This Company Says Its Intellectual Property Could Be A Key To Next-Generation Greenhouses

Photo by Francesco Gallarotti on Unsplash

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Agriculture uses half of the world’s habitable land and 70% of the world’s freshwater withdrawals, according to Our World Data, an organization that focuses on world problems such as hunger, climate change and poverty. 

But one company reports that it is trying to increase crop yields with minimal environmental impact through its proprietary controlled-environment agriculture system.

Vancouver, British Columbia-based AgriFORCE Growing Systems Ltd. AGRI says it spent more than five years developing the AgriFORCE GrowHouse, associated technologies and standard operating procedures. AgriFORCE’s proprietary design is meant to promote significant yield gains compared to most traditional indoor growing environments.

The intellectual property (IP)-focused agtech company has applied for patents in the U.S. and Canada for its structures used for growing plants.

“Conventional greenhouses have numerous drawbacks,” AgriFORCE President Troy McClellan said. “They are often inefficient and do not provide an ideal environment for plants to reach their full genetic potential.”

Conventional greenhouses use columns and trusses that create shade and make it difficult to optimize automated systems. AgriFORCE’s system is more cost-effective, energy-efficient and allows for increased growing area, allowing for increased yield, McClellan said.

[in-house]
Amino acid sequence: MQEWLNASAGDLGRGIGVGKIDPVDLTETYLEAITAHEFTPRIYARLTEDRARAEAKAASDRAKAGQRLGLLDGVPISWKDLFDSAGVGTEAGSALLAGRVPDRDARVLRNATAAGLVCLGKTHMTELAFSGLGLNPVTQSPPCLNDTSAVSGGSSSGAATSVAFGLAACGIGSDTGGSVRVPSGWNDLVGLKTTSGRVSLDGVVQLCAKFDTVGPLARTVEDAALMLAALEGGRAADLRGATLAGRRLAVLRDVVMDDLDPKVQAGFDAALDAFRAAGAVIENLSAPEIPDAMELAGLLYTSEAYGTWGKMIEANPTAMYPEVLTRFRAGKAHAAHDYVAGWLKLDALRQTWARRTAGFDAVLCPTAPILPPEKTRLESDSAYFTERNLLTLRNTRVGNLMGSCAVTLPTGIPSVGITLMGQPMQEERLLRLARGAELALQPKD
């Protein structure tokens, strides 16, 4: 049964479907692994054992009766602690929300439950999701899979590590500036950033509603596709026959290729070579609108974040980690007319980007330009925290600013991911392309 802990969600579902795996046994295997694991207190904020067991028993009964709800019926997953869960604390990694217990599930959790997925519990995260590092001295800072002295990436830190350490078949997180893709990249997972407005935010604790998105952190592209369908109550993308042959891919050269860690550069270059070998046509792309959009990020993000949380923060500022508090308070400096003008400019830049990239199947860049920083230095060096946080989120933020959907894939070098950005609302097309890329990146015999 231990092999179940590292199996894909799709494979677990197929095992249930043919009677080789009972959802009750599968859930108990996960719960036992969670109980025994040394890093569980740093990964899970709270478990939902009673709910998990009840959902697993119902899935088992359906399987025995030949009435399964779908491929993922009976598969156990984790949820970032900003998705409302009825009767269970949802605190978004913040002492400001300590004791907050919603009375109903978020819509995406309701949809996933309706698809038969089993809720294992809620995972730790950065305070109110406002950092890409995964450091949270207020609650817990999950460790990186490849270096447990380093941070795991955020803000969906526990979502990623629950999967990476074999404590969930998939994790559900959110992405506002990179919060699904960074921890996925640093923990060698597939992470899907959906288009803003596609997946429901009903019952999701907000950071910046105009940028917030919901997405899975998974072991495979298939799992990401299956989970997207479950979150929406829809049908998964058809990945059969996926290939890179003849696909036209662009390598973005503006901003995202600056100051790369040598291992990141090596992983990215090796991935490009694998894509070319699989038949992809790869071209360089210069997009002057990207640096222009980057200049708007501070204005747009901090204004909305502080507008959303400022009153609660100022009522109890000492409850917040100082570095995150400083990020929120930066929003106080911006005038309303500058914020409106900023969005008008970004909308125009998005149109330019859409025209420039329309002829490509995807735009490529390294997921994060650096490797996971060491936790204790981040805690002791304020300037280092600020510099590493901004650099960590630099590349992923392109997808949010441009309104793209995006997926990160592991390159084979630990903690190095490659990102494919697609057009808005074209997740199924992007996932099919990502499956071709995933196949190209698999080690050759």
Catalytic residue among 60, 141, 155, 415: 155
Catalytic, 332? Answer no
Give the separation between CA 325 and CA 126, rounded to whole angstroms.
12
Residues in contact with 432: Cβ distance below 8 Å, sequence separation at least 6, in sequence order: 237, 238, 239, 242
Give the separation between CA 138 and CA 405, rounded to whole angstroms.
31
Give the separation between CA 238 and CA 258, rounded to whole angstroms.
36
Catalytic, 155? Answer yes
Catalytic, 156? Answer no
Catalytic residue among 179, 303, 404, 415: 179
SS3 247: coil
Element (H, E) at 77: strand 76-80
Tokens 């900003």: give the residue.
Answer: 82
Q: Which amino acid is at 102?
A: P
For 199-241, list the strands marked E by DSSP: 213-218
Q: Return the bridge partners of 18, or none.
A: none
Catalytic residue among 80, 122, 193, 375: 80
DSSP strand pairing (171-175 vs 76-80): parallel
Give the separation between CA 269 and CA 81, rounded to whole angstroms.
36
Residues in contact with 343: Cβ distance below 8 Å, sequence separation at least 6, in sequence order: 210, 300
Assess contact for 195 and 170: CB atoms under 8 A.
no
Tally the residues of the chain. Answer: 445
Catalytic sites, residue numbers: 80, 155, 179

The patent application highlights design elements of the GrowHouse structure and operational systems that allow Internet-of-Things technologies, automation and the use of artificial intelligence (AI). Its transmissive panels are made to maximize the full light spectrum, and enhanced insulation to improve energy efficiency. 

AgriFORCE says its IP is designed to deliver the highest yields with the lowest environmental impact and is guided by four pillars:

  • Facility and lighting design
  • Automation and artificial intelligence
  • Fertigation and nutrients
  • Micropropagation and genetics

“The overall market feedback on our facilities has been encouraging given the expected improved yields and operating economics,” AgriFORCE CEO Ingo Mueller said.

Acquiring IP?

In March, AgriFORCE announced a binding LOI to acquire Deroose Plants NV, one of the largest tissue culture propagation companies in the world. The $69 million purchase price represents about $46.4 million for the Deroose business on a cash and debt-free basis and $22 million for the IP portfolio. 

AgriFORCE states that the planned acquisition strengthens its integrated agtech business model by providing a leading position in tissue culture propagation and plant cultivation, including a robust IP portfolio aimed at delivering increased crop yields for plantation crops such as rubber, and palm with a reduced environmental footprint. 

“We believe this positions AgriFORCE and Deroose to deliver value by maximizing the sustainability and productivity of available land, especially in tropical climates,” Mueller said. “In addition, we believe Deroose’s IP provides significant barriers to entry to potential competitors, given the robust patent estate and typical timelines to research and develop such processes, which could easily exceed a decade.”

The company looks to mergers and acquisitions to continue to fuel its growth, as it competes with other agtech companies like Corteva Inc. CTA, McCormick & Co. Inc. MKC and Bunge Ltd. BG.

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